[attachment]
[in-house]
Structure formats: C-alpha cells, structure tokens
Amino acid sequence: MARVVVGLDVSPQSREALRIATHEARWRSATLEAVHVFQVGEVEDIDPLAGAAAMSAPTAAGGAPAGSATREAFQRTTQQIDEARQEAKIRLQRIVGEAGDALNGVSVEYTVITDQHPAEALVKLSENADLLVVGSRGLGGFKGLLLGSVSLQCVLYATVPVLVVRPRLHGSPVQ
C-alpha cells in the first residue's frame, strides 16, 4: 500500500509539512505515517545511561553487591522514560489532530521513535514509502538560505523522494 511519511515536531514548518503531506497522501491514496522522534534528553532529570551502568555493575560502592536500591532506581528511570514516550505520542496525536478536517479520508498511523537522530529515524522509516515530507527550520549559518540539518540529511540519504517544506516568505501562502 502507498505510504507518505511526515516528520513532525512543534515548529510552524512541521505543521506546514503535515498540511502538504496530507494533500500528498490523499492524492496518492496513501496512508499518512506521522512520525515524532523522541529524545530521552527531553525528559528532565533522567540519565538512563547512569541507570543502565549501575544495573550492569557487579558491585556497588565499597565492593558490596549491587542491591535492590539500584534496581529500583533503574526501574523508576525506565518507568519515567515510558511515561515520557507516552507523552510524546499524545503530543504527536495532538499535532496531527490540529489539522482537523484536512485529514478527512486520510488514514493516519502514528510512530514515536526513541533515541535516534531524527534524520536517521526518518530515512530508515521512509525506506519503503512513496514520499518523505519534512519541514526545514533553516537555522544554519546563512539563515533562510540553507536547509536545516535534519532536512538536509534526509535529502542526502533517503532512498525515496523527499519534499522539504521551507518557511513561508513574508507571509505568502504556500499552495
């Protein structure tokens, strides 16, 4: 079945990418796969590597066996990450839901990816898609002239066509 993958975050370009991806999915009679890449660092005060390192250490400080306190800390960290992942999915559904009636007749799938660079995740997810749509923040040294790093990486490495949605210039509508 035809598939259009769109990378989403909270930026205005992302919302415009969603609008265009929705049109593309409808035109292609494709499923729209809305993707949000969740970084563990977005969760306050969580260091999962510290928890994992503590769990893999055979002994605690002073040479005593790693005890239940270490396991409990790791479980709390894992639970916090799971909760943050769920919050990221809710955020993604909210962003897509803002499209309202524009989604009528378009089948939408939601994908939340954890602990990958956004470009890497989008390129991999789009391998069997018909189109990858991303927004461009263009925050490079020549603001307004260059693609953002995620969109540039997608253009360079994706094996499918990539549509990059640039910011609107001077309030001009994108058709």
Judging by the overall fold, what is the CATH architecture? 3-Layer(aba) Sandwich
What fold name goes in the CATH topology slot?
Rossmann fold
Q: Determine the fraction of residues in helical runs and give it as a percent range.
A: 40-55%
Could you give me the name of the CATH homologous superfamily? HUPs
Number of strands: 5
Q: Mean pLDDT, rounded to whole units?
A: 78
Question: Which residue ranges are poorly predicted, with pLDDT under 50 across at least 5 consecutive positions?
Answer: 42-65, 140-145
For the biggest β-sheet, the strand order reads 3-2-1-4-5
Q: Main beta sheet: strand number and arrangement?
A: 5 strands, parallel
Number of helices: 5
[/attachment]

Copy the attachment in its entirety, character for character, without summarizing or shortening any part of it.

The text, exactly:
[in-house]
Structure formats: C-alpha cells, structure tokens
Amino acid sequence: MARVVVGLDVSPQSREALRIATHEARWRSATLEAVHVFQVGEVEDIDPLAGAAAMSAPTAAGGAPAGSATREAFQRTTQQIDEARQEAKIRLQRIVGEAGDALNGVSVEYTVITDQHPAEALVKLSENADLLVVGSRGLGGFKGLLLGSVSLQCVLYATVPVLVVRPRLHGSPVQ
C-alpha cells in the first residue's frame, strides 16, 4: 500500500509539512505515517545511561553487591522514560489532530521513535514509502538560505523522494 511519511515536531514548518503531506497522501491514496522522534534528553532529570551502568555493575560502592536500591532506581528511570514516550505520542496525536478536517479520508498511523537522530529515524522509516515530507527550520549559518540539518540529511540519504517544506516568505501562502 502507498505510504507518505511526515516528520513532525512543534515548529510552524512541521505543521506546514503535515498540511502538504496530507494533500500528498490523499492524492496518492496513501496512508499518512506521522512520525515524532523522541529524545530521552527531553525528559528532565533522567540519565538512563547512569541507570543502565549501575544495573550492569557487579558491585556497588565499597565492593558490596549491587542491591535492590539500584534496581529500583533503574526501574523508576525506565518507568519515567515510558511515561515520557507516552507523552510524546499524545503530543504527536495532538499535532496531527490540529489539522482537523484536512485529514478527512486520510488514514493516519502514528510512530514515536526513541533515541535516534531524527534524520536517521526518518530515512530508515521512509525506506519503503512513496514520499518523505519534512519541514526545514533553516537555522544554519546563512539563515533562510540553507536547509536545516535534519532536512538536509534526509535529502542526502533517503532512498525515496523527499519534499522539504521551507518557511513561508513574508507571509505568502504556500499552495
């Protein structure tokens, strides 16, 4: 079945990418796969590597066996990450839901990816898609002239066509 993958975050370009991806999915009679890449660092005060390192250490400080306190800390960290992942999915559904009636007749799938660079995740997810749509923040040294790093990486490495949605210039509508 035809598939259009769109990378989403909270930026205005992302919302415009969603609008265009929705049109593309409808035109292609494709499923729209809305993707949000969740970084563990977005969760306050969580260091999962510290928890994992503590769990893999055979002994605690002073040479005593790693005890239940270490396991409990790791479980709390894992639970916090799971909760943050769920919050990221809710955020993604909210962003897509803002499209309202524009989604009528378009089948939408939601994908939340954890602990990958956004470009890497989008390129991999789009391998069997018909189109990858991303927004461009263009925050490079020549603001307004260059693609953002995620969109540039997608253009360079994706094996499918990539549509990059640039910011609107001077309030001009994108058709």
Judging by the overall fold, what is the CATH architecture? 3-Layer(aba) Sandwich
What fold name goes in the CATH topology slot?
Rossmann fold
Q: Determine the fraction of residues in helical runs and give it as a percent range.
A: 40-55%
Could you give me the name of the CATH homologous superfamily? HUPs
Number of strands: 5
Q: Mean pLDDT, rounded to whole units?
A: 78
Question: Which residue ranges are poorly predicted, with pLDDT under 50 across at least 5 consecutive positions?
Answer: 42-65, 140-145
For the biggest β-sheet, the strand order reads 3-2-1-4-5
Q: Main beta sheet: strand number and arrangement?
A: 5 strands, parallel
Number of helices: 5